Ecuador ensures voting rights for persons with disabilities
Americas, February 6 2017
ECUADOR: Ahead of the presidential elections, Ecuador is rolling out a plan to make it easier and safer for people with disabilities to cast their votes.
The campaign was launched Wednesday by the Electoral Council, the Disability Council and the Federation of Taxi Drivers. It gives citizens the option of voting from home, skipping lines at the voting center and assistance for those requiring help with the voting process.
The Taxi Federation will give free rides to and from voting centers, TeleSUR reported, and 30,000 police officers will be standing by to ensure a safe voting process for those with disabilities.
According to Xavier Torres, president of the National Council for Equality of Disabilities, 25 Ecuadorians participated in the program when it began as an experiment in 2005, according to Prensa Latina. This year, 345,467 people with disabilities have registered to vote through the program.
“We have worked with the [Electoral Council] in different activities to promote political participation and reduce absenteeism in the next elections,” Torres told to Prensa Latina.
During the 2014 elections, a historic 75 percent of voters with disabilities stayed home. Backers hope the initiative will lower that rate.
Ecuadoreans will elect their new president on Feb. 19, and one of the candidates is disabled. Lenin Moreno served as President Rafael Correa’s vice president from 2007 to 2013, after which he was appointed by former U.N. Secretary-General Ban Ki-moon as Special Envoy on Disability and Accessibility.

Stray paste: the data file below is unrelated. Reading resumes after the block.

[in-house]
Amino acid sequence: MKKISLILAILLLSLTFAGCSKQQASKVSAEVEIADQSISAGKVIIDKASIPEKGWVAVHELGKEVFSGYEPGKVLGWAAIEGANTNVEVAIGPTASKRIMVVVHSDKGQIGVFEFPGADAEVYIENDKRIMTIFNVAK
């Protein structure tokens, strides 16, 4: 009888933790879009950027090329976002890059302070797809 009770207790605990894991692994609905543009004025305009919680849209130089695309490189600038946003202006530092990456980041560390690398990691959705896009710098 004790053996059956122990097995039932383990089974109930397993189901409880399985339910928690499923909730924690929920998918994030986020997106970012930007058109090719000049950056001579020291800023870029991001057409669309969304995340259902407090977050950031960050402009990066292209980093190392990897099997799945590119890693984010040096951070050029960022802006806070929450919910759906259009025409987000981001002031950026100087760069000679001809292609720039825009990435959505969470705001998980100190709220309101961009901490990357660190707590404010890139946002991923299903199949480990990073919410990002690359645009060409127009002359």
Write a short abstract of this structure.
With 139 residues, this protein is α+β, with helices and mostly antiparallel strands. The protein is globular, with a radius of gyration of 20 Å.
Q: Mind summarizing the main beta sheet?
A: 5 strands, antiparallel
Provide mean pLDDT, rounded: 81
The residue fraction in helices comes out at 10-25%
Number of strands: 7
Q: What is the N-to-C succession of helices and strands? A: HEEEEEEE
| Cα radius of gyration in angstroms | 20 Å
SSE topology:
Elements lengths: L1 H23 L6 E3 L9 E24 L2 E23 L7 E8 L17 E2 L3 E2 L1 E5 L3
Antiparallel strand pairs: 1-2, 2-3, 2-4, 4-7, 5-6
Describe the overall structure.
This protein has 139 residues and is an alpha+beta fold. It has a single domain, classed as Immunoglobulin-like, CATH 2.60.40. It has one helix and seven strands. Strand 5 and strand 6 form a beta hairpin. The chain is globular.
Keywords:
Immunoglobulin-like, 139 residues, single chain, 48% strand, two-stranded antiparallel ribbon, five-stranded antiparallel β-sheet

Moreno, who has been in a wheelchair since he was shot in 1998, is credited with changing Ecuador’s old policies of exclusion for people with disabilities. He helped create a social program aimed at promoting disabled rights, providing for job placements as well as subsidies for relatives with care-giving duties.
“Before, people with disabilities were held in hiding, now they come out with their heads high in search of happiness and participating in the country’s development,” said Moreno, who has also fought to guarantee the right to decent housing.
Ecuador has emerged as a leader for disability rights in Latin America, where more than 50 million people – 10 percent of the region’s population – live with a form of disability. Regionally, some 82 percent of people with disabilities live in poverty, hindered by social and economic exclusion on top of dismally low rates of employment, quality education and health care.
The largest population of people with disabilities reside in Brazil, whose legal framework provides multiple protections for the rights of people with disabilities, including a law that criminalizes discrimination based on disability. But while there are some 9 million people of working age with special needs, only 1 million Brazilians with disabilities are in the labor force.
Disability rights activists say discrimination of people with disabilities is particularly acute in developing countries, and have long called for reforms including improved health and rehabilitation, accessible transportation and public spaces. Many countries in Latin America and the Caribbean have already approved legislation to tackle such issues, but as the laws are relatively new, activists are still urging policymakers to improve enforcement and compliance.
According to Carine Clert, the World Bank’s Human Development Sector Leader for the Andean Countries, disability in Latin America is still often an invisible issue.
“Latin America is engaged in an important process of inclusion through which it is attempting to reduce inequality,” Clert said at an event with the Ecuadorian government in 2012. “In this context, focusing on people with disabilities is the new frontier.”